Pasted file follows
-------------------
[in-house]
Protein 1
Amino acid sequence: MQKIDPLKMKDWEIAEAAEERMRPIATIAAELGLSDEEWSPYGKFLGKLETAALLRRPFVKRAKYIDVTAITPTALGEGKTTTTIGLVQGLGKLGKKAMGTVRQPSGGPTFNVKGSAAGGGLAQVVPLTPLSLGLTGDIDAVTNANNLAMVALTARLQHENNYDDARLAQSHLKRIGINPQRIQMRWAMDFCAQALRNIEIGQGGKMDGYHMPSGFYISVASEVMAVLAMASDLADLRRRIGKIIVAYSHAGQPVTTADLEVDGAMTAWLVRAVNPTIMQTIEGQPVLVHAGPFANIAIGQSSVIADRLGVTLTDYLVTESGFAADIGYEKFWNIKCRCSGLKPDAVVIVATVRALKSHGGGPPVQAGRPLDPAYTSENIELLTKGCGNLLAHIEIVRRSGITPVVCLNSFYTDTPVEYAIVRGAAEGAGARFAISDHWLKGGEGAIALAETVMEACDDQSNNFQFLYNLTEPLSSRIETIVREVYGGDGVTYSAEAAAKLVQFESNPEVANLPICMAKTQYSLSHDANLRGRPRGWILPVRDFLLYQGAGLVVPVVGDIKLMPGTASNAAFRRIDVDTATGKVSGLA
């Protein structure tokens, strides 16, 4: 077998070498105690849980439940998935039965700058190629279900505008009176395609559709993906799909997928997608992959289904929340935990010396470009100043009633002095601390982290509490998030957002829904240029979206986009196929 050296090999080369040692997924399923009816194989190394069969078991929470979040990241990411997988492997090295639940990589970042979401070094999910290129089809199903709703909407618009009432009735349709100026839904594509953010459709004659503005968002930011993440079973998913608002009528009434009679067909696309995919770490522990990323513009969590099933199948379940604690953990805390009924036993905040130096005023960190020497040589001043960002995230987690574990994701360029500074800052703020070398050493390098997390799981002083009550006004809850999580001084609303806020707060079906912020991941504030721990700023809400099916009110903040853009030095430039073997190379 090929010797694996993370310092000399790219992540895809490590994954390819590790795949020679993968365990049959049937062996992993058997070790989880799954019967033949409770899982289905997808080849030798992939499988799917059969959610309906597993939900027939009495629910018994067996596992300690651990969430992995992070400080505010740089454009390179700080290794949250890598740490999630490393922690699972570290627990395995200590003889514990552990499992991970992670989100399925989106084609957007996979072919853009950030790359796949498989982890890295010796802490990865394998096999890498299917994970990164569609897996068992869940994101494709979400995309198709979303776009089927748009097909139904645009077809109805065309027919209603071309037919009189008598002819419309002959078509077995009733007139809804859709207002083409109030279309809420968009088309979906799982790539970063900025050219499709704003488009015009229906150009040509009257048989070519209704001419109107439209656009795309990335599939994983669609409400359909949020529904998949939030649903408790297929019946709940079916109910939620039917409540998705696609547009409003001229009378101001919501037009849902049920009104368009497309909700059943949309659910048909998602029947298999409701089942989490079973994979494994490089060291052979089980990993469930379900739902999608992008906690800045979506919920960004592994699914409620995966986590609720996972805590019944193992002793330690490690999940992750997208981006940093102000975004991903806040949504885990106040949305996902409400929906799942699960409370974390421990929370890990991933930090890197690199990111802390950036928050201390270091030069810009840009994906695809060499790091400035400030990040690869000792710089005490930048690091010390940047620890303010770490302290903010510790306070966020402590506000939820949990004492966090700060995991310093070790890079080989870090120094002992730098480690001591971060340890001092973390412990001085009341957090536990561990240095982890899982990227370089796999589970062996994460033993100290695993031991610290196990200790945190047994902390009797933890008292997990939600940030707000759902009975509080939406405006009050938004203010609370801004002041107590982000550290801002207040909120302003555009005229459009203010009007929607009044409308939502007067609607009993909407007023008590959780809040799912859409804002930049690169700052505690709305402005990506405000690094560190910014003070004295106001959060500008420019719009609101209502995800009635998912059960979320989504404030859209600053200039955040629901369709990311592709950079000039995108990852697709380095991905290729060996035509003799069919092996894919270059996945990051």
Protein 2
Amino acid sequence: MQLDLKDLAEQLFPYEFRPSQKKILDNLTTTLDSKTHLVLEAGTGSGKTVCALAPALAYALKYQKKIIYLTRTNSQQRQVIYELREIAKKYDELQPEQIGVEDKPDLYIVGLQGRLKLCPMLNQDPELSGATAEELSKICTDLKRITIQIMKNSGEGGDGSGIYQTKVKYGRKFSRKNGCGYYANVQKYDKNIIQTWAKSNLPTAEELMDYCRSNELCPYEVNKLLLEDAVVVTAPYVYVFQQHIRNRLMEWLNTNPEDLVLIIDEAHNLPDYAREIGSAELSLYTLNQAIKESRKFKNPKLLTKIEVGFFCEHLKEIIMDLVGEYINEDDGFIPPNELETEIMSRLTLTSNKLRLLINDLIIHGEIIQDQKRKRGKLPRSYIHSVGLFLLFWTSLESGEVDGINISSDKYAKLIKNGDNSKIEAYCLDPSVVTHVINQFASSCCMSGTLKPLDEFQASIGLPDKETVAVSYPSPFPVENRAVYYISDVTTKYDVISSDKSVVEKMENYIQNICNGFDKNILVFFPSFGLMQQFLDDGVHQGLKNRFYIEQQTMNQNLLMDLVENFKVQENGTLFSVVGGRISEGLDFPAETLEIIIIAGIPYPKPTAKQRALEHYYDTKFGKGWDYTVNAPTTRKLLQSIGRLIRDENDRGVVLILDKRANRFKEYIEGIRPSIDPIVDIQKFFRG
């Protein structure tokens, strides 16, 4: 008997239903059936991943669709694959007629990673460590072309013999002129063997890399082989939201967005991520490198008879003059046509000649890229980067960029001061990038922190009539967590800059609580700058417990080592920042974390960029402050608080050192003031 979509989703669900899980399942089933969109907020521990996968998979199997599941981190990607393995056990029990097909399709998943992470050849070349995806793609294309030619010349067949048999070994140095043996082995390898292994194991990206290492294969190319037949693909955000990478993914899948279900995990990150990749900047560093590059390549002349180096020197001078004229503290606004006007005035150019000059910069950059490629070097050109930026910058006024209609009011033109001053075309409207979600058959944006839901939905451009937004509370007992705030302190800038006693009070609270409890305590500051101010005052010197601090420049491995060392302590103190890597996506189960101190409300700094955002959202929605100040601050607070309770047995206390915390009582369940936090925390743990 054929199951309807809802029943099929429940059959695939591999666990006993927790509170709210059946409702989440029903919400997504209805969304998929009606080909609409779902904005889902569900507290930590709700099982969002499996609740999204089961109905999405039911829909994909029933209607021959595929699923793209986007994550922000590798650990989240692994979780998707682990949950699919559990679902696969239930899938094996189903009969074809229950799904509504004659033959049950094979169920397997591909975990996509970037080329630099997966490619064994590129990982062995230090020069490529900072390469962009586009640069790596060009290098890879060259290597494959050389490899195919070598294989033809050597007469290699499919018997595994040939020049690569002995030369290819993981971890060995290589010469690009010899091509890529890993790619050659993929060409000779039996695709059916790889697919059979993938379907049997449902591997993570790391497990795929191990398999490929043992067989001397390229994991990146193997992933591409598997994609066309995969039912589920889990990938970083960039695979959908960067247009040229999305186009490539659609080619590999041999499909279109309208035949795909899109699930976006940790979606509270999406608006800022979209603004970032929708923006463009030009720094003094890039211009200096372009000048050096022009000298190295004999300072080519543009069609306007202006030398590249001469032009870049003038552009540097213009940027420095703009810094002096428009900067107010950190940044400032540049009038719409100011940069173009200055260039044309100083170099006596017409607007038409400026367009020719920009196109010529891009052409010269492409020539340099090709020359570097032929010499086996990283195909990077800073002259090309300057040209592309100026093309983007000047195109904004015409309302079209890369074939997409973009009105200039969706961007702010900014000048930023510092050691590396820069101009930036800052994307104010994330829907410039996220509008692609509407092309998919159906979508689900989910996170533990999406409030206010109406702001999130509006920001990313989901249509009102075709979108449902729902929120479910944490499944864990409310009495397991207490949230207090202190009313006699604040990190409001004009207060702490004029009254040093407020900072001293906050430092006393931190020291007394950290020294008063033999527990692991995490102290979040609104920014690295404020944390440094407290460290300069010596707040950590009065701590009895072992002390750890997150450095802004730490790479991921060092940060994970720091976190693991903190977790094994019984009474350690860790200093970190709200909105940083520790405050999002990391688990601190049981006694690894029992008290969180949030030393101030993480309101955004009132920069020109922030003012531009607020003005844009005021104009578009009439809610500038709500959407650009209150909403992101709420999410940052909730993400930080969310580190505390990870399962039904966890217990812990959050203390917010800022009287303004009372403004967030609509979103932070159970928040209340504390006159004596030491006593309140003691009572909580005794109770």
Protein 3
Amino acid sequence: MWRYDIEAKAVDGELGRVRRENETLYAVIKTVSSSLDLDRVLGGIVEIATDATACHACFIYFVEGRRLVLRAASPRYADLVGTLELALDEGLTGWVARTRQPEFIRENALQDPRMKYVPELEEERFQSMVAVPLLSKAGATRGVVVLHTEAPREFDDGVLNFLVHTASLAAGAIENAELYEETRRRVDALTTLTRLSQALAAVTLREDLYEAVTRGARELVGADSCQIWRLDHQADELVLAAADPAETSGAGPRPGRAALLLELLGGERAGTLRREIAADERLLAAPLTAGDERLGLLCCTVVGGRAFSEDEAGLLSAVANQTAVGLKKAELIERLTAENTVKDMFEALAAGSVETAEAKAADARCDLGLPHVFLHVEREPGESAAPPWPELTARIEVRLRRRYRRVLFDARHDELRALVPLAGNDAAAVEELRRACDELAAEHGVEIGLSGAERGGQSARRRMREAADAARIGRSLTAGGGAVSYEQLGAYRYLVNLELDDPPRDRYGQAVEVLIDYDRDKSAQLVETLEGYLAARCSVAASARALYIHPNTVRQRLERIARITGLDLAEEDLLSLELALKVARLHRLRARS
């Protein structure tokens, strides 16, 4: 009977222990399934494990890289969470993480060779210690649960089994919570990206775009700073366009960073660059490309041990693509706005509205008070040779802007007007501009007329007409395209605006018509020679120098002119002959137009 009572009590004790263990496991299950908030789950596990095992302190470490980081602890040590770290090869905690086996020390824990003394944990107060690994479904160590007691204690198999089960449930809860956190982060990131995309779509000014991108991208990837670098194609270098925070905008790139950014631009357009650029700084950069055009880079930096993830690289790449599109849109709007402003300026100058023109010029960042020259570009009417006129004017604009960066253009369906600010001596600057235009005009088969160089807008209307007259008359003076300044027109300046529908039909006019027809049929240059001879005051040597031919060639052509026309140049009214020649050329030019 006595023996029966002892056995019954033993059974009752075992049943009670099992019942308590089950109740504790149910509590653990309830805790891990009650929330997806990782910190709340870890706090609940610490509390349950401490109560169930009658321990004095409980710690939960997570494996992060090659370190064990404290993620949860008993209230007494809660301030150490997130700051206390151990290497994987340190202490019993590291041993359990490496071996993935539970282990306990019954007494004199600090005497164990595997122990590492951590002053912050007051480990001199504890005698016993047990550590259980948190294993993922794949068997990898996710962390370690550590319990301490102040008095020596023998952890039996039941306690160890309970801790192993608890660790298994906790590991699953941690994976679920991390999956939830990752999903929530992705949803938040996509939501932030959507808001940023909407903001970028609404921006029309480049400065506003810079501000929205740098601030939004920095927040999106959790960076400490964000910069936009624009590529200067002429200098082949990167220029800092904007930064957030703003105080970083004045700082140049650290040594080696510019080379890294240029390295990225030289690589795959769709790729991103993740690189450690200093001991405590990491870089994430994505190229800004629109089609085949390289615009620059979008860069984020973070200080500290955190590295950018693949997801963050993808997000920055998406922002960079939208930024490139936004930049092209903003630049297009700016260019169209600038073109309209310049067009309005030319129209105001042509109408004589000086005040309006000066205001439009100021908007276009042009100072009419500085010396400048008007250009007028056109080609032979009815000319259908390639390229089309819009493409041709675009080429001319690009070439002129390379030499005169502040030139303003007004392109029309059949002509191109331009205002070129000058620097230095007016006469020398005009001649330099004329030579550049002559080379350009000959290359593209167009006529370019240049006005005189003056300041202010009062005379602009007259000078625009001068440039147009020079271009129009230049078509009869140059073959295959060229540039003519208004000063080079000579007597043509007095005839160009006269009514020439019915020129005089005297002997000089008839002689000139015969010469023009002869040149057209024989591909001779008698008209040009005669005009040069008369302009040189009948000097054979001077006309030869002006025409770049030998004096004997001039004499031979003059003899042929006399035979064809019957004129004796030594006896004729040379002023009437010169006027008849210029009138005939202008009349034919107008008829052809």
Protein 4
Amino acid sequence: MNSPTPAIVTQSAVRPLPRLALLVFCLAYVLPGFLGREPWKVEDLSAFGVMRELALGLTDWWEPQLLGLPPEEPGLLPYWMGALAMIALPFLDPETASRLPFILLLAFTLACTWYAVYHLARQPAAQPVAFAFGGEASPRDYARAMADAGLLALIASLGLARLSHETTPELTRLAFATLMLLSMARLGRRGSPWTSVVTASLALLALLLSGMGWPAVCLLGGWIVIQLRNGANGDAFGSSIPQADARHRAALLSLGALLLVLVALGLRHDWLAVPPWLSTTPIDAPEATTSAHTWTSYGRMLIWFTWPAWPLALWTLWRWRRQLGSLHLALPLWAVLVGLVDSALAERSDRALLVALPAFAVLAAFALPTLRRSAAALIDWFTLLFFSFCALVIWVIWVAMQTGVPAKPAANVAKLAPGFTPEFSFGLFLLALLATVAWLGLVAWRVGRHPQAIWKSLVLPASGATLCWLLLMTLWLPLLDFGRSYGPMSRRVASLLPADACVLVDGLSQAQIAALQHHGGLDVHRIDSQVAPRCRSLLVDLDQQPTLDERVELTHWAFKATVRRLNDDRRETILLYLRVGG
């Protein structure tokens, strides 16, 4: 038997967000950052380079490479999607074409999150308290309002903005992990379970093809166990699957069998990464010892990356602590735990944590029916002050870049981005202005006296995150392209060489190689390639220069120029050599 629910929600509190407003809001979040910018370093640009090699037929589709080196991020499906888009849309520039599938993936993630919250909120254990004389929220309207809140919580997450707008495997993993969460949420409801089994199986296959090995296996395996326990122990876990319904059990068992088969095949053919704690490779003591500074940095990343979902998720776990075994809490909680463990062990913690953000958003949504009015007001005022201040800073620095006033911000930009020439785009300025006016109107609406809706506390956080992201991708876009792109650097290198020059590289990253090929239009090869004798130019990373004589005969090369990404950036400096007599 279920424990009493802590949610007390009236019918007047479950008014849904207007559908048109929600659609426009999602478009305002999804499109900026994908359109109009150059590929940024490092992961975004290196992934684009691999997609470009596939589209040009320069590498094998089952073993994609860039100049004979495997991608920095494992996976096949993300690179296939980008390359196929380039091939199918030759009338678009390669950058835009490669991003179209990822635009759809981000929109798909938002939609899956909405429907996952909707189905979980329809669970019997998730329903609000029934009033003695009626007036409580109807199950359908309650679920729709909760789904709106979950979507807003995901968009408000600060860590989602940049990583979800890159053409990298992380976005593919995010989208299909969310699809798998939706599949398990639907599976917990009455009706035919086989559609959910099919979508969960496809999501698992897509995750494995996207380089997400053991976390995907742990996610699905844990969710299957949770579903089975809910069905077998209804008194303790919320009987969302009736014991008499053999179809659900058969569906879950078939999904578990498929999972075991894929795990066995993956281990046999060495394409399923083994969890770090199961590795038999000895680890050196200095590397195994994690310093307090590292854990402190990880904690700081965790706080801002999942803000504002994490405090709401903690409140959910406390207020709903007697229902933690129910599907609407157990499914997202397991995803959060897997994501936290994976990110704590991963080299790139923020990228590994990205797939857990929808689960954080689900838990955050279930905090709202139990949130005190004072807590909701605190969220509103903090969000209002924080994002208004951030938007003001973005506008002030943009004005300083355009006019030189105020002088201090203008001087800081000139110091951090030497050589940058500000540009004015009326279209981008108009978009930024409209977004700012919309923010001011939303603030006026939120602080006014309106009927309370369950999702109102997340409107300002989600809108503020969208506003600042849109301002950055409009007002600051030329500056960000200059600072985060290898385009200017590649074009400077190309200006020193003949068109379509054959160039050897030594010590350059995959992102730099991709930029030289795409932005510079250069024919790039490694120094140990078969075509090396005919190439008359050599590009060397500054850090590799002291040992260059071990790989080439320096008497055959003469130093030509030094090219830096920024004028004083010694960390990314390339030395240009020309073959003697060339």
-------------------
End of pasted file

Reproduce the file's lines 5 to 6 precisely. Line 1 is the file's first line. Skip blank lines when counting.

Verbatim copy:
Protein 2
Amino acid sequence: MQLDLKDLAEQLFPYEFRPSQKKILDNLTTTLDSKTHLVLEAGTGSGKTVCALAPALAYALKYQKKIIYLTRTNSQQRQVIYELREIAKKYDELQPEQIGVEDKPDLYIVGLQGRLKLCPMLNQDPELSGATAEELSKICTDLKRITIQIMKNSGEGGDGSGIYQTKVKYGRKFSRKNGCGYYANVQKYDKNIIQTWAKSNLPTAEELMDYCRSNELCPYEVNKLLLEDAVVVTAPYVYVFQQHIRNRLMEWLNTNPEDLVLIIDEAHNLPDYAREIGSAELSLYTLNQAIKESRKFKNPKLLTKIEVGFFCEHLKEIIMDLVGEYINEDDGFIPPNELETEIMSRLTLTSNKLRLLINDLIIHGEIIQDQKRKRGKLPRSYIHSVGLFLLFWTSLESGEVDGINISSDKYAKLIKNGDNSKIEAYCLDPSVVTHVINQFASSCCMSGTLKPLDEFQASIGLPDKETVAVSYPSPFPVENRAVYYISDVTTKYDVISSDKSVVEKMENYIQNICNGFDKNILVFFPSFGLMQQFLDDGVHQGLKNRFYIEQQTMNQNLLMDLVENFKVQENGTLFSVVGGRISEGLDFPAETLEIIIIAGIPYPKPTAKQRALEHYYDTKFGKGWDYTVNAPTTRKLLQSIGRLIRDENDRGVVLILDKRANRFKEYIEGIRPSIDPIVDIQKFFRG